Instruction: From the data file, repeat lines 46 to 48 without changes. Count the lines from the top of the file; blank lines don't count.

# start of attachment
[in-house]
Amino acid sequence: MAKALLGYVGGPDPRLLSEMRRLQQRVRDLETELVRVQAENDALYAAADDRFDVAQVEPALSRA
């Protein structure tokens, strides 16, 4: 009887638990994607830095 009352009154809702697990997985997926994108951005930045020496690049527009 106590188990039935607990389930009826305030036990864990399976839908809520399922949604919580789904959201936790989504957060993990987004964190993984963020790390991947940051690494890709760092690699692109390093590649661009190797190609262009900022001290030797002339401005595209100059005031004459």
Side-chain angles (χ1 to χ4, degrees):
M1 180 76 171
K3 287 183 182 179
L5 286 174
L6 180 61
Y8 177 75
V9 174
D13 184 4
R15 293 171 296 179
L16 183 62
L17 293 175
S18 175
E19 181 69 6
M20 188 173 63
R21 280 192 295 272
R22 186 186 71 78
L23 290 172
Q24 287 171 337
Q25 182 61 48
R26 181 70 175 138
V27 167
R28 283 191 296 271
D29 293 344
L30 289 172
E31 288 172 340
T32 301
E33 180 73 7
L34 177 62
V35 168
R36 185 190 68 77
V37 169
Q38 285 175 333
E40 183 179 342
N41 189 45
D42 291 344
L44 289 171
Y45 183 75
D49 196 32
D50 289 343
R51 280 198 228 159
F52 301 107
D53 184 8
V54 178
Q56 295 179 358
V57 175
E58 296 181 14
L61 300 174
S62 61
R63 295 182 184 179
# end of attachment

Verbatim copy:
V54 178
Q56 295 179 358
V57 175